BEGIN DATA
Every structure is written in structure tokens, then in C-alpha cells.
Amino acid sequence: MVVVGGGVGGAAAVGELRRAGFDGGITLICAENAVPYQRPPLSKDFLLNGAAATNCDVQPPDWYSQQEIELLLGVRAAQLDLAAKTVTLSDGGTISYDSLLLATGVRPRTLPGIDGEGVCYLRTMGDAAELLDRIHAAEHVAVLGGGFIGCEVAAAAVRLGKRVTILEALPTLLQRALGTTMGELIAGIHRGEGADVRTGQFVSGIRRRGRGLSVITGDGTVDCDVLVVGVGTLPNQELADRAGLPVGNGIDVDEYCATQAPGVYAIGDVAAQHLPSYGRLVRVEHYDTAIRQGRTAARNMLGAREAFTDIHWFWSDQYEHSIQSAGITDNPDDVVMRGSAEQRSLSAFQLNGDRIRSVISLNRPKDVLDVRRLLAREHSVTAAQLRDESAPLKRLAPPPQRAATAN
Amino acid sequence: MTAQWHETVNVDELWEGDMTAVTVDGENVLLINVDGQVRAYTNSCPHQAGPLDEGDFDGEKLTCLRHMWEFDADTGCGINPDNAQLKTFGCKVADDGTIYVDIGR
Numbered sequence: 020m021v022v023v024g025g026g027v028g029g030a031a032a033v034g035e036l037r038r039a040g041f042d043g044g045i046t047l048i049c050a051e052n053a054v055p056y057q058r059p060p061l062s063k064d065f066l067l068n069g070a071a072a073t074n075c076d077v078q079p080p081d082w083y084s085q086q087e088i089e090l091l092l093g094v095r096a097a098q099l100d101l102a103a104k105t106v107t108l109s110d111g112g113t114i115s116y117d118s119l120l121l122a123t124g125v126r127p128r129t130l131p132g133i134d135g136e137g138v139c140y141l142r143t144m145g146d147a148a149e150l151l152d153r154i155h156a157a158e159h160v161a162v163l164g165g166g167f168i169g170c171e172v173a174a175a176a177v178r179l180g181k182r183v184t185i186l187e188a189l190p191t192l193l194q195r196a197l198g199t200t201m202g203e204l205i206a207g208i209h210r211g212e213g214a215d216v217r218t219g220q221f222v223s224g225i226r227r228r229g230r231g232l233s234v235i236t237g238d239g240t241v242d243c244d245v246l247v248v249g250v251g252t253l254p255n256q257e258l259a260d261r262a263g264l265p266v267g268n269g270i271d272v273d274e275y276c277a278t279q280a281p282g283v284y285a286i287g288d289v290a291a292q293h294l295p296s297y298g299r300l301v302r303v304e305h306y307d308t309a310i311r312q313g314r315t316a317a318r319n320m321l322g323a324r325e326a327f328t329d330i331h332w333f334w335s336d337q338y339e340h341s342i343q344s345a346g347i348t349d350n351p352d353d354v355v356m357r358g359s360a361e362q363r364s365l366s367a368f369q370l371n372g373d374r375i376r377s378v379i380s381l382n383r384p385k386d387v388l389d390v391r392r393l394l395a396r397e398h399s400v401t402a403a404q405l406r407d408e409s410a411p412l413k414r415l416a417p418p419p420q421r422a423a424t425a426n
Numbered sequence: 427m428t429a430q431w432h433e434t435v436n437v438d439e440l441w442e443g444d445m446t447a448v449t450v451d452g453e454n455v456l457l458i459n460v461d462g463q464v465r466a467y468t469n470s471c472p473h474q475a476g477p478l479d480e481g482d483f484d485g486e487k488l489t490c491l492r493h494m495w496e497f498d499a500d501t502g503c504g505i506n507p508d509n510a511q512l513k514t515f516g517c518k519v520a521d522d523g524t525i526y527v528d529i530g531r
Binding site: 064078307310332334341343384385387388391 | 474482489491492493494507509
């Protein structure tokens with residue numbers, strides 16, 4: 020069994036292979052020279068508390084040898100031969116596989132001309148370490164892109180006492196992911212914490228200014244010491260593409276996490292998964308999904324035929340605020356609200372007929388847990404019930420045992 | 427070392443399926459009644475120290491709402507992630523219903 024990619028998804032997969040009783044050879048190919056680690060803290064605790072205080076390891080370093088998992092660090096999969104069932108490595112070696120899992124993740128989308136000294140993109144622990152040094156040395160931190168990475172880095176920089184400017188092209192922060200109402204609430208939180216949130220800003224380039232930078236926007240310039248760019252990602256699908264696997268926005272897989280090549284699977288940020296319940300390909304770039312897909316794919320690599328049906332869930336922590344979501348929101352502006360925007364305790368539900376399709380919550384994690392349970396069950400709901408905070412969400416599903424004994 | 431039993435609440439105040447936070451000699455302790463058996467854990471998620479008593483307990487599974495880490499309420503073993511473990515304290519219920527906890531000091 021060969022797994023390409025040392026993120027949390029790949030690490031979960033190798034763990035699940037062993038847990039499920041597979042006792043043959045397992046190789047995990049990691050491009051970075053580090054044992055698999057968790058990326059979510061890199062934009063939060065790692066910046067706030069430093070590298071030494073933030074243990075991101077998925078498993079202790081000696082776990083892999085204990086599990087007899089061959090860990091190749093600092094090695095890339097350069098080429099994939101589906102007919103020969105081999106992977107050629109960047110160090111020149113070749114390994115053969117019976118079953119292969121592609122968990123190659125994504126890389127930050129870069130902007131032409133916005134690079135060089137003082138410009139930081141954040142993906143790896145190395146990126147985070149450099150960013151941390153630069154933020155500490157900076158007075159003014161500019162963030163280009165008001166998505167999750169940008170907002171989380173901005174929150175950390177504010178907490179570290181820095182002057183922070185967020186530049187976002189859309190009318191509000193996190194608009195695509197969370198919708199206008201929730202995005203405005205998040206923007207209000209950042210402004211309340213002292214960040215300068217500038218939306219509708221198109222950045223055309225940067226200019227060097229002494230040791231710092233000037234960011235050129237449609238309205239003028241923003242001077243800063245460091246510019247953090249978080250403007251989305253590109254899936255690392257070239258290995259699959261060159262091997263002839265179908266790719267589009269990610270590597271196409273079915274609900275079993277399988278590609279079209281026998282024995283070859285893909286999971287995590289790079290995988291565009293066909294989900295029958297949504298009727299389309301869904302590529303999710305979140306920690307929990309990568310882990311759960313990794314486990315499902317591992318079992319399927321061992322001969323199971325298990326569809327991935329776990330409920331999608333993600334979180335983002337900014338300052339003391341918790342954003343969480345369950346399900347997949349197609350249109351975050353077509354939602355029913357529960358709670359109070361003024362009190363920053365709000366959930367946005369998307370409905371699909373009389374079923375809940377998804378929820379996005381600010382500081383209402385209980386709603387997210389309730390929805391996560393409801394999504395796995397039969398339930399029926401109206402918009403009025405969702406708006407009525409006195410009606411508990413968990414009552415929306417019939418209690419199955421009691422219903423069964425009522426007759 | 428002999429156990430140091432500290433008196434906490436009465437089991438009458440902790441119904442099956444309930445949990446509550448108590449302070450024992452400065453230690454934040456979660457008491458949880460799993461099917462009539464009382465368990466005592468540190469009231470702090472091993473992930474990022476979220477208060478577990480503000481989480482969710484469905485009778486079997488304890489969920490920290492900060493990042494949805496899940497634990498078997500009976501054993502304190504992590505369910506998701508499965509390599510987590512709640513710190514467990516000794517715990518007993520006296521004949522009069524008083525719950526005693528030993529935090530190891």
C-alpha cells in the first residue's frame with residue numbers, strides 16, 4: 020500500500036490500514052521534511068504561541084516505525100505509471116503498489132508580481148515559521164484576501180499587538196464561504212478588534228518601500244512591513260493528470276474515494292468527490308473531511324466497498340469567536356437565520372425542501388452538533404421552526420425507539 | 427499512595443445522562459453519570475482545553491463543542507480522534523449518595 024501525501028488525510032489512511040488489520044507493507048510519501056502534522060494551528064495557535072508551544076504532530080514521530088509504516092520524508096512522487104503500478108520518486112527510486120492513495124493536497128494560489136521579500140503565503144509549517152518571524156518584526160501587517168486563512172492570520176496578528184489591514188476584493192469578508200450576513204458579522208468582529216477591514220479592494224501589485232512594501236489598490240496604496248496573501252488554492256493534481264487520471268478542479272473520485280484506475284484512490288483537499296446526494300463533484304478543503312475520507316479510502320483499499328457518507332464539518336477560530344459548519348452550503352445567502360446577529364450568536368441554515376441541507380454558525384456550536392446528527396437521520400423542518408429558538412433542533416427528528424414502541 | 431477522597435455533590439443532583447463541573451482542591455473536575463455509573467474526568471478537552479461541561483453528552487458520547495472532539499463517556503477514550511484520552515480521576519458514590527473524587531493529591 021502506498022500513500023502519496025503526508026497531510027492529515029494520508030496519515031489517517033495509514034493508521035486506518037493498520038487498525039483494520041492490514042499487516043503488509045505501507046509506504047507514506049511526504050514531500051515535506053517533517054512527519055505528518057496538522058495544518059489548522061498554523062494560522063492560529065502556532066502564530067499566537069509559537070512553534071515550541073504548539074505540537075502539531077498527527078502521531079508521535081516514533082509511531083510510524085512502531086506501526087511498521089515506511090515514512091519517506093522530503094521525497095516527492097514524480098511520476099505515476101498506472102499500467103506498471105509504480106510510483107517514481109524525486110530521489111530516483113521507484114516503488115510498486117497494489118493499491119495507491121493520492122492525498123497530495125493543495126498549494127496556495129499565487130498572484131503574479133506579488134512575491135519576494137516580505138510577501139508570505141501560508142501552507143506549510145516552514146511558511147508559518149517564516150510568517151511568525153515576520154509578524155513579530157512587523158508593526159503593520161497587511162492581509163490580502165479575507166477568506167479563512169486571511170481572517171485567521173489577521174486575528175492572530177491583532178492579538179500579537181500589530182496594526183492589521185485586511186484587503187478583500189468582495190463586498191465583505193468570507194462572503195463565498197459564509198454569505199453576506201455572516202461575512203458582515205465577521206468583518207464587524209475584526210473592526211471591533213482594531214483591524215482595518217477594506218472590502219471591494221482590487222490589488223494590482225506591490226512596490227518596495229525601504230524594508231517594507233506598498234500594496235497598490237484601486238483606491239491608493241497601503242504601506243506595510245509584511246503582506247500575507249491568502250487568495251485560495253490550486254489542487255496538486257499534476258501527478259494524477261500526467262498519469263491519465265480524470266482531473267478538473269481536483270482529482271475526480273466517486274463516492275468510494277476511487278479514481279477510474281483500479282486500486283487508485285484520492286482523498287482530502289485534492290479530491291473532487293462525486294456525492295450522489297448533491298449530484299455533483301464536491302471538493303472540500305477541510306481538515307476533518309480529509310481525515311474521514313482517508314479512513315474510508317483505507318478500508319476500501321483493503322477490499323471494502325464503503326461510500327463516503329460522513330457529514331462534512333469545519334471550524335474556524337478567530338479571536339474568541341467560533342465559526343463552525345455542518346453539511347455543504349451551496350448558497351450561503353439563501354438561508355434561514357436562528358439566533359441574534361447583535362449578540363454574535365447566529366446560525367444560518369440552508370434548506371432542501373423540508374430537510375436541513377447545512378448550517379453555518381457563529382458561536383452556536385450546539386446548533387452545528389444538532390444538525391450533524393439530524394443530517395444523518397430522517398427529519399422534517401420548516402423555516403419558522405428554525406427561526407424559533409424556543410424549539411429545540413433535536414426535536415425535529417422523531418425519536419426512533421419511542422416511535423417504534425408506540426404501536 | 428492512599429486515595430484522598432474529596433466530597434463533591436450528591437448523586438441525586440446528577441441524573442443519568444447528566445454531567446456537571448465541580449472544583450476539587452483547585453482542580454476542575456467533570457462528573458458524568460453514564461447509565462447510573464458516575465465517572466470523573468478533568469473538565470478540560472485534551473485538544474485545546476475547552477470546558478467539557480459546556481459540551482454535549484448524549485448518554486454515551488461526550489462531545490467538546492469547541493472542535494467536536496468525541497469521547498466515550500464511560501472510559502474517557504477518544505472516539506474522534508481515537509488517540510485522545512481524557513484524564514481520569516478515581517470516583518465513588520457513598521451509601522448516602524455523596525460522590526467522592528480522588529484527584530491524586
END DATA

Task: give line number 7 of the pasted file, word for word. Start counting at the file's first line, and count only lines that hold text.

């Protein structure tokens with residue numbers, strides 16, 4: 020069994036292979052020279068508390084040898100031969116596989132001309148370490164892109180006492196992911212914490228200014244010491260593409276996490292998964308999904324035929340605020356609200372007929388847990404019930420045992 | 427070392443399926459009644475120290491709402507992630523219903 024990619028998804032997969040009783044050879048190919056680690060803290064605790072205080076390891080370093088998992092660090096999969104069932108490595112070696120899992124993740128989308136000294140993109144622990152040094156040395160931190168990475172880095176920089184400017188092209192922060200109402204609430208939180216949130220800003224380039232930078236926007240310039248760019252990602256699908264696997268926005272897989280090549284699977288940020296319940300390909304770039312897909316794919320690599328049906332869930336922590344979501348929101352502006360925007364305790368539900376399709380919550384994690392349970396069950400709901408905070412969400416599903424004994 | 431039993435609440439105040447936070451000699455302790463058996467854990471998620479008593483307990487599974495880490499309420503073993511473990515304290519219920527906890531000091 021060969022797994023390409025040392026993120027949390029790949030690490031979960033190798034763990035699940037062993038847990039499920041597979042006792043043959045397992046190789047995990049990691050491009051970075053580090054044992055698999057968790058990326059979510061890199062934009063939060065790692066910046067706030069430093070590298071030494073933030074243990075991101077998925078498993079202790081000696082776990083892999085204990086599990087007899089061959090860990091190749093600092094090695095890339097350069098080429099994939101589906102007919103020969105081999106992977107050629109960047110160090111020149113070749114390994115053969117019976118079953119292969121592609122968990123190659125994504126890389127930050129870069130902007131032409133916005134690079135060089137003082138410009139930081141954040142993906143790896145190395146990126147985070149450099150960013151941390153630069154933020155500490157900076158007075159003014161500019162963030163280009165008001166998505167999750169940008170907002171989380173901005174929150175950390177504010178907490179570290181820095182002057183922070185967020186530049187976002189859309190009318191509000193996190194608009195695509197969370198919708199206008201929730202995005203405005205998040206923007207209000209950042210402004211309340213002292214960040215300068217500038218939306219509708221198109222950045223055309225940067226200019227060097229002494230040791231710092233000037234960011235050129237449609238309205239003028241923003242001077243800063245460091246510019247953090249978080250403007251989305253590109254899936255690392257070239258290995259699959261060159262091997263002839265179908266790719267589009269990610270590597271196409273079915274609900275079993277399988278590609279079209281026998282024995283070859285893909286999971287995590289790079290995988291565009293066909294989900295029958297949504298009727299389309301869904302590529303999710305979140306920690307929990309990568310882990311759960313990794314486990315499902317591992318079992319399927321061992322001969323199971325298990326569809327991935329776990330409920331999608333993600334979180335983002337900014338300052339003391341918790342954003343969480345369950346399900347997949349197609350249109351975050353077509354939602355029913357529960358709670359109070361003024362009190363920053365709000366959930367946005369998307370409905371699909373009389374079923375809940377998804378929820379996005381600010382500081383209402385209980386709603387997210389309730390929805391996560393409801394999504395796995397039969398339930399029926401109206402918009403009025405969702406708006407009525409006195410009606411508990413968990414009552415929306417019939418209690419199955421009691422219903423069964425009522426007759 | 428002999429156990430140091432500290433008196434906490436009465437089991438009458440902790441119904442099956444309930445949990446509550448108590449302070450024992452400065453230690454934040456979660457008491458949880460799993461099917462009539464009382465368990466005592468540190469009231470702090472091993473992930474990022476979220477208060478577990480503000481989480482969710484469905485009778486079997488304890489969920490920290492900060493990042494949805496899940497634990498078997500009976501054993502304190504992590505369910506998701508499965509390599510987590512709640513710190514467990516000794517715990518007993520006296521004949522009069524008083525719950526005693528030993529935090530190891």